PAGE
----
California’s Division of Occupational Safety and Health has opened an investigation into Tesla and workplace hazards at its Fremont., Calif., factory in the midst of an aggressive move by CEO Elon Musk to run the plant around the clock to meet production targets for its new Model 3 electric vehicle.
The investigation comes just days after the Center for Investigative Reporting’s Reveal published a lengthy report about worker safety at Tesla’s Fremont factory, where the Model S sedan, Model X SUV, and new mass-market Model 3 is produced. The report uncovered evidence that Tesla had underreported worker injuries to regulators.
However, it’s not clear if the Reveal report or a complaint from a Tesla employee prompted OSHA to launch its investigation. An OSHA spokeswoman said in a statement emailed to Fortune that the agency has an open inspection at Tesla.
“Cal/OSHA takes seriously reports of workplace hazards and allegations of employers’ underreporting recordable work-related injuries and illnesses on the Log 300, the spokeswoman said, referring to the mandated reports that Tesla must submit.
“While we do not disclose details of open inspections, Cal/OSHA’s inspections typically include a review of the employer’s Log 300, as well as a review to ensure that serious injuries are reported directly to Cal/OSHA within eight hours as required by law,” the statement continued. “Cal/OSHA’s regulations define a serious injury or illness as one that requires employee hospitalization for more than 24 hours for other than medical observation, or in which a part of the body is lost or permanent disfigurement occurs.”
Tesla tried to downplay the investigation, saying in a statement that” Cal-OSHA is required to investigate any claims that are made, regardless of whether they have merit or are baseless (as we believe these are), and we always provide our full cooperation.”
The automaker compared its injury rates to operations at the factory when it was operated by Toyota and GM. Tesla’s Fremont factory is the former Nummi plant jointly owned by Toyota and General Motors that produced nearly 430,000 vehicles at its peak.
“The injury rate at our Fremont factory is half what it was in the final years of the UAW plant operated by GM/Toyota immediately before us, and we care deeply about the safety and well-being of our people and strive to do better every day.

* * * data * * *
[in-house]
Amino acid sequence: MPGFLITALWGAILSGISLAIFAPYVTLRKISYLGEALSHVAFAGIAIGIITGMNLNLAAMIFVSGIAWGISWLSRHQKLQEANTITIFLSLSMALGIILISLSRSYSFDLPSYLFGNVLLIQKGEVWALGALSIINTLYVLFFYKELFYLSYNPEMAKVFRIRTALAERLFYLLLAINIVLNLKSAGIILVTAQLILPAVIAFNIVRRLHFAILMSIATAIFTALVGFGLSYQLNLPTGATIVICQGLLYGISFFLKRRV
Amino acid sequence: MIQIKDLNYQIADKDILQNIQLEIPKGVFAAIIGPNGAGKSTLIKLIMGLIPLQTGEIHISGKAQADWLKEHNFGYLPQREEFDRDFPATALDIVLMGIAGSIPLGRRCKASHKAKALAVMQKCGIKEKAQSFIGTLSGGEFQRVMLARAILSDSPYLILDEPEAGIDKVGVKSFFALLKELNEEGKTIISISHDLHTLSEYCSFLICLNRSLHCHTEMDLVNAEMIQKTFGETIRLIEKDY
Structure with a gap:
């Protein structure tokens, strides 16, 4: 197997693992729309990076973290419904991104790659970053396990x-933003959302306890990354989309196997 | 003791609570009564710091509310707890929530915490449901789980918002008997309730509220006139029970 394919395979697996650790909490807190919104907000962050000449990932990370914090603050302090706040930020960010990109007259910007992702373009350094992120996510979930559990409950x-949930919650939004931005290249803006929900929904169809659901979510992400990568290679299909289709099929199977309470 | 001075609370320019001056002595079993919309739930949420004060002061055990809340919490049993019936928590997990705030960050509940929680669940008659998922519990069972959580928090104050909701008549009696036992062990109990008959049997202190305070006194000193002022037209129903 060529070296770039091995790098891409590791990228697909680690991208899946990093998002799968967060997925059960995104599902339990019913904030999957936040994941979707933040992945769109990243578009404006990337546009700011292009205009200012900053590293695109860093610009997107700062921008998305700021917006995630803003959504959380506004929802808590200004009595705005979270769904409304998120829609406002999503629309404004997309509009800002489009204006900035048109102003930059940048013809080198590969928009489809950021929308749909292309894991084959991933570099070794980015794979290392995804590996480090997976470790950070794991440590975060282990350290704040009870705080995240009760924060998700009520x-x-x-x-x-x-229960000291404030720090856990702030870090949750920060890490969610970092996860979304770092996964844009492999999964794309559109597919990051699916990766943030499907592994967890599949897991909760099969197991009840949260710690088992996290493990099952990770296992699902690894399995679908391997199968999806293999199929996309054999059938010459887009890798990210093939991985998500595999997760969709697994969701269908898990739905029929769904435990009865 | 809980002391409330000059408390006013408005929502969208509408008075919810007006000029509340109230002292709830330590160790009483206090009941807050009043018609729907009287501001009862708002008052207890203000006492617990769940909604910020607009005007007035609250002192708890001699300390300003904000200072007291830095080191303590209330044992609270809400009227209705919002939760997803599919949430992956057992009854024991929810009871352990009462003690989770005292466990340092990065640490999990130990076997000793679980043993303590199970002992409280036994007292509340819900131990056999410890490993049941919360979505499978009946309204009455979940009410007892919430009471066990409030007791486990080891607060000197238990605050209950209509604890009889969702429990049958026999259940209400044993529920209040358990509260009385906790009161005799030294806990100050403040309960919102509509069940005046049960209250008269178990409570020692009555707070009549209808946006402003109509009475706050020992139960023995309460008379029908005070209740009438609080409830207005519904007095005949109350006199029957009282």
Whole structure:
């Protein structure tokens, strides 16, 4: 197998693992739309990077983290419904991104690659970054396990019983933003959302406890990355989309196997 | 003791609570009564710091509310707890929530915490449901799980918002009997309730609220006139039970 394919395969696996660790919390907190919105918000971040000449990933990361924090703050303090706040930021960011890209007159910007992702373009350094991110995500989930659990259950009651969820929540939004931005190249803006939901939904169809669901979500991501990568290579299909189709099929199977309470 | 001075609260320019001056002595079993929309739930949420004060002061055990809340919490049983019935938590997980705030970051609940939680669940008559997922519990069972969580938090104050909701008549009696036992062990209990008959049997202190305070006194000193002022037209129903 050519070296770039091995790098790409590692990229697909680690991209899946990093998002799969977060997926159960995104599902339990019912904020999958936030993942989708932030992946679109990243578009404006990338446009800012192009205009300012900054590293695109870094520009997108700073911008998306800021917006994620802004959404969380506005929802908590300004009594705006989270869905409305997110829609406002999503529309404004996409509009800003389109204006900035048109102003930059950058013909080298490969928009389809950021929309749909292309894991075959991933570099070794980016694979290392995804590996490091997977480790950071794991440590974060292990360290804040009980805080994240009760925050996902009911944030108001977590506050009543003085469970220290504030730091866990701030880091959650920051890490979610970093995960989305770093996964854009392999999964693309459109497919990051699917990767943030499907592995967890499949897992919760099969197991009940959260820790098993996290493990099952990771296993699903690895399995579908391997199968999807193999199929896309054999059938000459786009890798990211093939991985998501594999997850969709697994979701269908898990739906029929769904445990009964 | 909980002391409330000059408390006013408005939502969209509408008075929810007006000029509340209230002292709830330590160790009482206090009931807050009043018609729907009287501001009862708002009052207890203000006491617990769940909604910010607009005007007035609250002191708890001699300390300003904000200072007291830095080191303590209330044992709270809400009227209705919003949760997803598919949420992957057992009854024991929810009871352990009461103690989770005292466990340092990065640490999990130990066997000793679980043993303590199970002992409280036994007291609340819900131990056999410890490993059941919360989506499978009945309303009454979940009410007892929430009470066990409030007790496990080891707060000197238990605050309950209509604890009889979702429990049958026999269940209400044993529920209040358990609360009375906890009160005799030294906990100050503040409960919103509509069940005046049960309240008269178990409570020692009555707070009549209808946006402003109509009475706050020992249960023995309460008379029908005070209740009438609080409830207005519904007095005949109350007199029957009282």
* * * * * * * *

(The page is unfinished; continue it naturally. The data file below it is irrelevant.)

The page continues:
Tesla also noted that last year Cal-OSHA investigated Tesla’s injury reporting and record-keeping was closed without any violations found and without any further action taken.
“Unlike other automakers who in the past have been cited by OSHA for record-keeping violations, we have never in the entire history of our company received a violation for inaccurate or incomplete injury record-keeping,” Tesla said in the emailed statement.
The OSHA investigation, first reported by Bloomberg, comes at a critical time for Tesla, which has been plagued by a string of problems in recent months, notably a failure to reach its production targets for the Model 3. Tesla has also been engaged in a public fight this month with the National Transportation Safety Board over its investigation of a fatal Model X crash near San Francisco.
Tesla’s Model 3 production problems were first revealed in early October when the automaker reported it had produced just 260 of its new Model 3 electric cars in the third quarter and delivered only 220. Production improved to 2,425 Model 3s in the fourth quarter and 1,542 deliveries, but it was still below expectations.
Tesla reported in April that it had fallen short of its target to produce 2,500 Model 3s per week by the end of the first quarter. The company produced 2,020 Model 3 vehicles in a week at the end of the quarter, prompting Musk to admit that his reliance on automation had caused production bottlenecks.
Tesla plans to operate its factory all day, every day in an effort to increase weekly production of its Model 3 cars to 6,000 by the end of June, according to an internal email that Musk sent to employees on Tuesday. Musk said the company would add another shift to be able to run the factory 24 hours a day, seven days a week.
But that push could be hamstrung by an investigation that will examine workplace hazards at the plant. Tesla is required by California law to submit Log 300 records of injuries and illnesses. The Reveal report said some of those injuries were not reported, making Tesla’s safety record appear to be better than it was.
Tesla has come under fire for its safety record before. Last May, Worksafe, a worker safety advocacy group, found injury rates at the plant were well above the industry average in 2014 and 2015. Worksafe analyzed reports filed with the U.S. Labor Department’s Occupational Safety and Health Administration and found similarly high injury rates in 2016 at the plant.